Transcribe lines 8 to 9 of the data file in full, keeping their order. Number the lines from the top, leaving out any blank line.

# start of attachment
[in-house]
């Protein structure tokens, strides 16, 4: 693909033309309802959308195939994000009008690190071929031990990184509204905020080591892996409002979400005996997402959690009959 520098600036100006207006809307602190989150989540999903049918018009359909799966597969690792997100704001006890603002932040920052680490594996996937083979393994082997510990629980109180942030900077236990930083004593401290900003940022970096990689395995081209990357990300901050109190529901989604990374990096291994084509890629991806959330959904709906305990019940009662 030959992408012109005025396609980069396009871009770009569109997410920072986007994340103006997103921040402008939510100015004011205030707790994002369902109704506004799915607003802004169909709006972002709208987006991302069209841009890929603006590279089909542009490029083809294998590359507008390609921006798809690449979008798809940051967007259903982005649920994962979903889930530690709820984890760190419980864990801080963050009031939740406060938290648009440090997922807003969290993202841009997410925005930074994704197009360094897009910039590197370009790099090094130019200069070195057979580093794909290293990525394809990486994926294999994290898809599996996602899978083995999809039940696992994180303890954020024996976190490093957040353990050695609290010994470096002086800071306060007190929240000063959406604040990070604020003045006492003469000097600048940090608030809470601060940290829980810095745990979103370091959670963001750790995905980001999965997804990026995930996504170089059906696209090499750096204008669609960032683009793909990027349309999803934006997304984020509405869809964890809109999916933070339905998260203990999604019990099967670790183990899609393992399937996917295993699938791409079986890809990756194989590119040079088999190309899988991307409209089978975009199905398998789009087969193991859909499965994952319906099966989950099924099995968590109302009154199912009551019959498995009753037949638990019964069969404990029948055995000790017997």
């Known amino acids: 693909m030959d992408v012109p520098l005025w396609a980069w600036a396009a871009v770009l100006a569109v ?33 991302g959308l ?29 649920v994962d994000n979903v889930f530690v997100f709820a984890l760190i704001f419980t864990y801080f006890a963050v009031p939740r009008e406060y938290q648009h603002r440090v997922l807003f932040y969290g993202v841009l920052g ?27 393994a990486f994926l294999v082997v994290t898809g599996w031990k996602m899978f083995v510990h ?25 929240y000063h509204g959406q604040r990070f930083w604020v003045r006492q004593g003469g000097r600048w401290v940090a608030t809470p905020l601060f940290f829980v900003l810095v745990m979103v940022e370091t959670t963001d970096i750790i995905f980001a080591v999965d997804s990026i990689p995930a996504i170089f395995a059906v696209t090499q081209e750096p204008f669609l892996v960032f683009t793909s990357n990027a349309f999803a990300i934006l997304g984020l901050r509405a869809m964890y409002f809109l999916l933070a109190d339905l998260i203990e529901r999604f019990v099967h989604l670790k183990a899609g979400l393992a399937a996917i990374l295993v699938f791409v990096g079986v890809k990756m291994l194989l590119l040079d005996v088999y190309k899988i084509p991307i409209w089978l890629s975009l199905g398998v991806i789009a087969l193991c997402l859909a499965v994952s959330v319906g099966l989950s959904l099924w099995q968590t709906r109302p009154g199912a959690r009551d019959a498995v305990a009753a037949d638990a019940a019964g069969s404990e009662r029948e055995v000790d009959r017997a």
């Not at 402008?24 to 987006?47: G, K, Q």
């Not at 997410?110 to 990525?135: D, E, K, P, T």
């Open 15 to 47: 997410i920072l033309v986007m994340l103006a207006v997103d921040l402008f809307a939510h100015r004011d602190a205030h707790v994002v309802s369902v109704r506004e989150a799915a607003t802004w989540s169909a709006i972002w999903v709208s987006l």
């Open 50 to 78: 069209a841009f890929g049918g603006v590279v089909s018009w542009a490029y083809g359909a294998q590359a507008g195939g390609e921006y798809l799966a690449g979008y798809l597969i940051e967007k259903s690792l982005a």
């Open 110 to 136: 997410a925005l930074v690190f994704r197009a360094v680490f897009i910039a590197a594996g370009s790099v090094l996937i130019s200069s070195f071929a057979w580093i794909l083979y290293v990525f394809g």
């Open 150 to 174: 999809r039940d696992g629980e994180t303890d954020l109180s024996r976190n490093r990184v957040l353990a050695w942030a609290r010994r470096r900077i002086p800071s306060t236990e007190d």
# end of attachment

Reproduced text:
């Open 110 to 136: 997410a925005l930074v690190f994704r197009a360094v680490f897009i910039a590197a594996g370009s790099v090094l996937i130019s200069s070195f071929a057979w580093i794909l083979y290293v990525f394809g």
């Open 150 to 174: 999809r039940d696992g629980e994180t303890d954020l109180s024996r976190n490093r990184v957040l353990a050695w942030a609290r010994r470096r900077i002086p800071s306060t236990e007190d």